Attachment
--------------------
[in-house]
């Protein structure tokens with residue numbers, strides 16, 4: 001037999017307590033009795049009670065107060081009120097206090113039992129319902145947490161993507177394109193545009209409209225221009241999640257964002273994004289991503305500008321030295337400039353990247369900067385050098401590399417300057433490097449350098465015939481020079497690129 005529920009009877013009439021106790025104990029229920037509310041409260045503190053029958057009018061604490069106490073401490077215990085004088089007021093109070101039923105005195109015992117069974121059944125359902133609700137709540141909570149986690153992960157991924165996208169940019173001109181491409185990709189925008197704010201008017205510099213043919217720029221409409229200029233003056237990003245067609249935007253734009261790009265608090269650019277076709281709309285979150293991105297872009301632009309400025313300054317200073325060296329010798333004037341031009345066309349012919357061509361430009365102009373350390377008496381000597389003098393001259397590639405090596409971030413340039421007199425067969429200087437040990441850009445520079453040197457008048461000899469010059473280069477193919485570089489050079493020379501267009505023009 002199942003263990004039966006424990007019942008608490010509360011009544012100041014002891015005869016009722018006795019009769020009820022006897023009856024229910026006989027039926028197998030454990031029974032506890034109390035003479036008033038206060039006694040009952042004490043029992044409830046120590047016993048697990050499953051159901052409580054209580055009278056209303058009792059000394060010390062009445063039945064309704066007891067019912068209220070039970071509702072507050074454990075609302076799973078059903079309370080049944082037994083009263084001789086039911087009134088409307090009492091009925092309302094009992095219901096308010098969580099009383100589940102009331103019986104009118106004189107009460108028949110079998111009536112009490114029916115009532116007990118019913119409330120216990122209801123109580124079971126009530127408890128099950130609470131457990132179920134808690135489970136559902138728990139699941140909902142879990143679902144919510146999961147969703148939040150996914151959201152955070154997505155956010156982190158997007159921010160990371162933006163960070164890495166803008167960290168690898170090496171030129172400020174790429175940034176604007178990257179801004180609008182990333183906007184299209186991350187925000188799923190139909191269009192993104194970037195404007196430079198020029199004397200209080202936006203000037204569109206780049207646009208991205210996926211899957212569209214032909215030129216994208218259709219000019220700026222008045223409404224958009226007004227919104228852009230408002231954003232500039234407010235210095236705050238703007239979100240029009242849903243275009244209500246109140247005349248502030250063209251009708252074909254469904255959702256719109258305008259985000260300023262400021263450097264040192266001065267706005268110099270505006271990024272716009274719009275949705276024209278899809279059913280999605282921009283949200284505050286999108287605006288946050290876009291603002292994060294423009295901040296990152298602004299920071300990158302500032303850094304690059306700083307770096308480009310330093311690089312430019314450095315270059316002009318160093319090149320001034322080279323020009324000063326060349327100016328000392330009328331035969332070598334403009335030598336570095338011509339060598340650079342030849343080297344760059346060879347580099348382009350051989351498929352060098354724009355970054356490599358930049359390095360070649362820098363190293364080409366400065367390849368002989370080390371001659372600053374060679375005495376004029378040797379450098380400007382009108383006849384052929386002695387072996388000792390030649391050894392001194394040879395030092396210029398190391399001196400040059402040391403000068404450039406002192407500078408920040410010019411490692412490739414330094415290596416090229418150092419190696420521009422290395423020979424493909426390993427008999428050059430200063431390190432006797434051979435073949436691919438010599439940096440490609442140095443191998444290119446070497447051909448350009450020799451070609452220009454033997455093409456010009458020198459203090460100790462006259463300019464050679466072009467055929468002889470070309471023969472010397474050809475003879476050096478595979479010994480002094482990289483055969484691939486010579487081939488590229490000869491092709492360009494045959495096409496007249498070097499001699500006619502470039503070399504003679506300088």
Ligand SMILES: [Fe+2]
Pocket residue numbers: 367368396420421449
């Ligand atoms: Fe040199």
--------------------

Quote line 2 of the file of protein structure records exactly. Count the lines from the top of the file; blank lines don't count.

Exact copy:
């Protein structure tokens with residue numbers, strides 16, 4: 001037999017307590033009795049009670065107060081009120097206090113039992129319902145947490161993507177394109193545009209409209225221009241999640257964002273994004289991503305500008321030295337400039353990247369900067385050098401590399417300057433490097449350098465015939481020079497690129 005529920009009877013009439021106790025104990029229920037509310041409260045503190053029958057009018061604490069106490073401490077215990085004088089007021093109070101039923105005195109015992117069974121059944125359902133609700137709540141909570149986690153992960157991924165996208169940019173001109181491409185990709189925008197704010201008017205510099213043919217720029221409409229200029233003056237990003245067609249935007253734009261790009265608090269650019277076709281709309285979150293991105297872009301632009309400025313300054317200073325060296329010798333004037341031009345066309349012919357061509361430009365102009373350390377008496381000597389003098393001259397590639405090596409971030413340039421007199425067969429200087437040990441850009445520079453040197457008048461000899469010059473280069477193919485570089489050079493020379501267009505023009 002199942003263990004039966006424990007019942008608490010509360011009544012100041014002891015005869016009722018006795019009769020009820022006897023009856024229910026006989027039926028197998030454990031029974032506890034109390035003479036008033038206060039006694040009952042004490043029992044409830046120590047016993048697990050499953051159901052409580054209580055009278056209303058009792059000394060010390062009445063039945064309704066007891067019912068209220070039970071509702072507050074454990075609302076799973078059903079309370080049944082037994083009263084001789086039911087009134088409307090009492091009925092309302094009992095219901096308010098969580099009383100589940102009331103019986104009118106004189107009460108028949110079998111009536112009490114029916115009532116007990118019913119409330120216990122209801123109580124079971126009530127408890128099950130609470131457990132179920134808690135489970136559902138728990139699941140909902142879990143679902144919510146999961147969703148939040150996914151959201152955070154997505155956010156982190158997007159921010160990371162933006163960070164890495166803008167960290168690898170090496171030129172400020174790429175940034176604007178990257179801004180609008182990333183906007184299209186991350187925000188799923190139909191269009192993104194970037195404007196430079198020029199004397200209080202936006203000037204569109206780049207646009208991205210996926211899957212569209214032909215030129216994208218259709219000019220700026222008045223409404224958009226007004227919104228852009230408002231954003232500039234407010235210095236705050238703007239979100240029009242849903243275009244209500246109140247005349248502030250063209251009708252074909254469904255959702256719109258305008259985000260300023262400021263450097264040192266001065267706005268110099270505006271990024272716009274719009275949705276024209278899809279059913280999605282921009283949200284505050286999108287605006288946050290876009291603002292994060294423009295901040296990152298602004299920071300990158302500032303850094304690059306700083307770096308480009310330093311690089312430019314450095315270059316002009318160093319090149320001034322080279323020009324000063326060349327100016328000392330009328331035969332070598334403009335030598336570095338011509339060598340650079342030849343080297344760059346060879347580099348382009350051989351498929352060098354724009355970054356490599358930049359390095360070649362820098363190293364080409366400065367390849368002989370080390371001659372600053374060679375005495376004029378040797379450098380400007382009108383006849384052929386002695387072996388000792390030649391050894392001194394040879395030092396210029398190391399001196400040059402040391403000068404450039406002192407500078408920040410010019411490692412490739414330094415290596416090229418150092419190696420521009422290395423020979424493909426390993427008999428050059430200063431390190432006797434051979435073949436691919438010599439940096440490609442140095443191998444290119446070497447051909448350009450020799451070609452220009454033997455093409456010009458020198459203090460100790462006259463300019464050679466072009467055929468002889470070309471023969472010397474050809475003879476050096478595979479010994480002094482990289483055969484691939486010579487081939488590229490000869491092709492360009494045959495096409496007249498070097499001699500006619502470039503070399504003679506300088």